“There was a good deal of confusion in men’s minds during the first months of the great trouble, a good deal of unsettledness, of leaning first this way then that, and then the other way. It was hard for us to get our bearings.” -Mark Twain
If you are of a certain age, you probably remember being herded en masse onto a grade school stage and forced to warble Fifty Nifty United States to beaming moms, dads and grandparents.
“Fifty, nifty, United States, from thirteen original colonies,” the song cheerfully began. Unfortunately, there wasn’t much to it beyond rhyming “fifty” and “nifty.” It eventually meandered through a roll call of the “nifty” states in alphabetical order. Missing from that roster was the Kingdom of Calloway. And the Free State of Winston. And the Free State of Jones.
But each one briefly existed (more or less) during the turbulent time known as the Civil War. And it’s worth revisiting their short, strange stories to fully understand just how mixed-up that era was. Continue reading
Folks in the Volunteer State disagree about many things. Are you a Vanderbilt fan, or do you root for the University of Tennessee? Do you vote for the Democrats, or the Republicans? (The state swings both ways.) Appalachian bluegrass, or Memphis blues?
But people there unanimously agree on one thing: Parson Brownlow is the most hated man in Tennessee history. Nearly 150 years after his death, just mentioning his name can trigger a firestorm of epic proportions.
He passionately despised (in no particular order) Baptists, the Devil, Democrats, Confederates, Andrew Johnson, and basically anyone who disagreed with him. And he fought them all with every ounce of energy he possessed. Continue reading
Displaying heroism worthy of receiving the Congressional Medal of Honor is hard. Having that distinction taken away from you is even harder.
Believe it or not, nearly 100 years ago the U.S. Army told almost 1,000 aging veterans they weren’t qualified for our nation’s highest military honor, which they had been presented decades before. It’s a sad, sad story. Continue reading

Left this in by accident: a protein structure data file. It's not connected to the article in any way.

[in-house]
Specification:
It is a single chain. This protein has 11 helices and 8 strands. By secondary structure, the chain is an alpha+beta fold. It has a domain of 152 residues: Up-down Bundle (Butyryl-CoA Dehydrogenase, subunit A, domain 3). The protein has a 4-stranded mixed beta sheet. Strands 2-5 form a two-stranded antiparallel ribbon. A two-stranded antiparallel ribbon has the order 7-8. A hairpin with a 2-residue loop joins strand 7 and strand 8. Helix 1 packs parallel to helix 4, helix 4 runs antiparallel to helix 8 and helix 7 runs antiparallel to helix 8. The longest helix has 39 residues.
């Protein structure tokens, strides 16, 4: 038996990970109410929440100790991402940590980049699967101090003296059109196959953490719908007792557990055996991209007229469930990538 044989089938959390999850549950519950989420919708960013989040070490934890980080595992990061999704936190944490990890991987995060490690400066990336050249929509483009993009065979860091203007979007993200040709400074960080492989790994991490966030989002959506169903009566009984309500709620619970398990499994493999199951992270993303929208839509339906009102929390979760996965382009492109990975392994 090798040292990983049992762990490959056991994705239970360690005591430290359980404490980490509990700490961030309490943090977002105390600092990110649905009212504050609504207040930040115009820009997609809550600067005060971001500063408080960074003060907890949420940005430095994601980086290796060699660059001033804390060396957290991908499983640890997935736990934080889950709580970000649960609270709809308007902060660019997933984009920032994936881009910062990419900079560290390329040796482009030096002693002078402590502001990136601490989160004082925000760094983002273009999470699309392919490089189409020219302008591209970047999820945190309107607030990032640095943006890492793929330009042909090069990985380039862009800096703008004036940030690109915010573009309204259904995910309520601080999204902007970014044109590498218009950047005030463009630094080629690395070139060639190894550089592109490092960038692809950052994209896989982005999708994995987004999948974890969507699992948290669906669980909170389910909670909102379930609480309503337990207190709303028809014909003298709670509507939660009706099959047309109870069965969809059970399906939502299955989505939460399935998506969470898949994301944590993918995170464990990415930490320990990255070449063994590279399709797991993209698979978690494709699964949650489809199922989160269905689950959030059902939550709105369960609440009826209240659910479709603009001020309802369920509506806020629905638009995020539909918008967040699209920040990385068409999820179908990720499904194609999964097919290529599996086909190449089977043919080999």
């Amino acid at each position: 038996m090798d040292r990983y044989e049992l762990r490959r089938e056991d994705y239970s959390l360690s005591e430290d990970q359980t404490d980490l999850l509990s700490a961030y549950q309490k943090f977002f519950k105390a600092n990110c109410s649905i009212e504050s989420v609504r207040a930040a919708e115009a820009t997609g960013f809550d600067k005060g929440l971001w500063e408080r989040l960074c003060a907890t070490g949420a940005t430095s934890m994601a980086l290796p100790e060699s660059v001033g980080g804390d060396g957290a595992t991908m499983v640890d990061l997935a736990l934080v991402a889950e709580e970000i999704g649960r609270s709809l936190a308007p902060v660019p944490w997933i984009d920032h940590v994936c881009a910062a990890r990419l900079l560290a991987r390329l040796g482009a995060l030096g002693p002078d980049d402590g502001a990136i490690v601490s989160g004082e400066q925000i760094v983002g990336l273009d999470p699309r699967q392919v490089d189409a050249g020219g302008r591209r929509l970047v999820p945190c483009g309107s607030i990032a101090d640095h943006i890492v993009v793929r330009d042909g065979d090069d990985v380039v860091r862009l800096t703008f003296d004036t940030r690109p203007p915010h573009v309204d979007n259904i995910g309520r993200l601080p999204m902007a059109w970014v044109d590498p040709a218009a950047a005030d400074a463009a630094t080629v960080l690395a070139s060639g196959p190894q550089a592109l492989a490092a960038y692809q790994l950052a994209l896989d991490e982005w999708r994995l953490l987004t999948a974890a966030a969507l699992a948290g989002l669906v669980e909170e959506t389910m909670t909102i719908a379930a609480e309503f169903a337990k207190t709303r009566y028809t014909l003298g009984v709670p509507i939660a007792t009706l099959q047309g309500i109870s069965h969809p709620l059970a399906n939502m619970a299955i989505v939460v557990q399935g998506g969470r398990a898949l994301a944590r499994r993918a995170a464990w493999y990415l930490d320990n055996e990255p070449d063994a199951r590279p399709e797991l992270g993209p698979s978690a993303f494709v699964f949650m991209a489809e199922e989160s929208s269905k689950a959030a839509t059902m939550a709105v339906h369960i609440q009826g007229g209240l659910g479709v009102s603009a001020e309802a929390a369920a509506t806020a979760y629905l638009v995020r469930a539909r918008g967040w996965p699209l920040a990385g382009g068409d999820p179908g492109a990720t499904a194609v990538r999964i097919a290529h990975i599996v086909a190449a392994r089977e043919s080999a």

So there they were at 96 Wentworth Street in downtown Charleston, South Carolina last Wednesday morning. A construction crew on the College of Charleston campus, busily preparing the site of a new vegan and vegetarian cafeteria (to each their own, I guess) due to open next year. Then something unexpectedly turned up, and everything stopped.
It seems an unexploded Civil War ordnance shell had been peacefully resting on the grounds of The Sylvia Vlosky Yaschik Jewish Studies Center for a century and half without anybody knowing it was there. Continue reading
“War is the remedy that our enemies have chosen, and I say let us give them all they want.” – Maj. General William T. Sherman
That scowling, growling face is back in the news again, thanks to a highly unlikely source: a simple historical marker.
Many drivers rush by historical plaques without noticing them. Sure, dads would pull over and check them out during family vacations when you were a child, saying “It’s educational,” stranding bored kids in the broiling sun while he read each and every word. Continue reading
That old corny, country variety show Hee Haw had a recurring segment called, “Gloom, Despair and Agony on Me.” Each week, hillbilly sad sacks laid around a cabin porch and wailed a woebegone song that included the line, “If it weren’t for bad luck I’d have no luck at all.” Then they would let loose a blast of yokel misery.
That was just a comedy sketch. But the man we’re about to meet could have sung those words and meant them. Because if anybody was ever born under an unlucky star, Ambrose Everett Burnside was it. Continue reading